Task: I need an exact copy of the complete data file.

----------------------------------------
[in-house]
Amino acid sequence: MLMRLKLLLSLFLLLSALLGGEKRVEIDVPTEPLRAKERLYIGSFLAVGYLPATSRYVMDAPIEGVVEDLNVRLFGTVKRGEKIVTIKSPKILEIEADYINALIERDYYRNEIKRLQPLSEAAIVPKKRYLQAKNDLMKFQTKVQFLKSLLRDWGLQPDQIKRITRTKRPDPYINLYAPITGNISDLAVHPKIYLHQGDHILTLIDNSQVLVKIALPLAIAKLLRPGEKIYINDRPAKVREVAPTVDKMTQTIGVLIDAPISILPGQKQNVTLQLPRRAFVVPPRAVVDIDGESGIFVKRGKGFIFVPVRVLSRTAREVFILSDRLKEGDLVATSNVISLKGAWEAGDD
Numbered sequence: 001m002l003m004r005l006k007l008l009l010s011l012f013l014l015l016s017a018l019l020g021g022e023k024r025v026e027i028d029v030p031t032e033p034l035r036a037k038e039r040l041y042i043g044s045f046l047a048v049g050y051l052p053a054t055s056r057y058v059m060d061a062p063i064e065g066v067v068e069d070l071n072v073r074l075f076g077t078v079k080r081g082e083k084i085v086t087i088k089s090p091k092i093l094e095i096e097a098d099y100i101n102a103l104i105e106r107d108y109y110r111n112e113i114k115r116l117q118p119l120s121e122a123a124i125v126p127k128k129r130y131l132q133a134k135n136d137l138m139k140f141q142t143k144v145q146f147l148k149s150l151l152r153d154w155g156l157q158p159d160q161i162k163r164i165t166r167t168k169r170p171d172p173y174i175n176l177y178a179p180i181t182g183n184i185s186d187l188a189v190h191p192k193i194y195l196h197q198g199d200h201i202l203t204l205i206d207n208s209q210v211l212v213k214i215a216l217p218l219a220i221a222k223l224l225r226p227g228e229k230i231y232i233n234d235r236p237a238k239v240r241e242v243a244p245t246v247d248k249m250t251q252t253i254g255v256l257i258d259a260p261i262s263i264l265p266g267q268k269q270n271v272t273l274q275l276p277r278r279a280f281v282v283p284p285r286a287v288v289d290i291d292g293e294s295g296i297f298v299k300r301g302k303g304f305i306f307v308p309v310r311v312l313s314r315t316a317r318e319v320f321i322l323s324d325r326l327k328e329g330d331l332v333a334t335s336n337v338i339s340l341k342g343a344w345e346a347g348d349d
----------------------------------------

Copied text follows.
[in-house]
Amino acid sequence: MLMRLKLLLSLFLLLSALLGGEKRVEIDVPTEPLRAKERLYIGSFLAVGYLPATSRYVMDAPIEGVVEDLNVRLFGTVKRGEKIVTIKSPKILEIEADYINALIERDYYRNEIKRLQPLSEAAIVPKKRYLQAKNDLMKFQTKVQFLKSLLRDWGLQPDQIKRITRTKRPDPYINLYAPITGNISDLAVHPKIYLHQGDHILTLIDNSQVLVKIALPLAIAKLLRPGEKIYINDRPAKVREVAPTVDKMTQTIGVLIDAPISILPGQKQNVTLQLPRRAFVVPPRAVVDIDGESGIFVKRGKGFIFVPVRVLSRTAREVFILSDRLKEGDLVATSNVISLKGAWEAGDD
Numbered sequence: 001m002l003m004r005l006k007l008l009l010s011l012f013l014l015l016s017a018l019l020g021g022e023k024r025v026e027i028d029v030p031t032e033p034l035r036a037k038e039r040l041y042i043g044s045f046l047a048v049g050y051l052p053a054t055s056r057y058v059m060d061a062p063i064e065g066v067v068e069d070l071n072v073r074l075f076g077t078v079k080r081g082e083k084i085v086t087i088k089s090p091k092i093l094e095i096e097a098d099y100i101n102a103l104i105e106r107d108y109y110r111n112e113i114k115r116l117q118p119l120s121e122a123a124i125v126p127k128k129r130y131l132q133a134k135n136d137l138m139k140f141q142t143k144v145q146f147l148k149s150l151l152r153d154w155g156l157q158p159d160q161i162k163r164i165t166r167t168k169r170p171d172p173y174i175n176l177y178a179p180i181t182g183n184i185s186d187l188a189v190h191p192k193i194y195l196h197q198g199d200h201i202l203t204l205i206d207n208s209q210v211l212v213k214i215a216l217p218l219a220i221a222k223l224l225r226p227g228e229k230i231y232i233n234d235r236p237a238k239v240r241e242v243a244p245t246v247d248k249m250t251q252t253i254g255v256l257i258d259a260p261i262s263i264l265p266g267q268k269q270n271v272t273l274q275l276p277r278r279a280f281v282v283p284p285r286a287v288v289d290i291d292g293e294s295g296i297f298v299k300r301g302k303g304f305i306f307v308p309v310r311v312l313s314r315t316a317r318e319v320f321i322l323s324d325r326l327k328e329g330d331l332v333a334t335s336n337v338i339s340l341k342g343a344w345e346a347g348d349d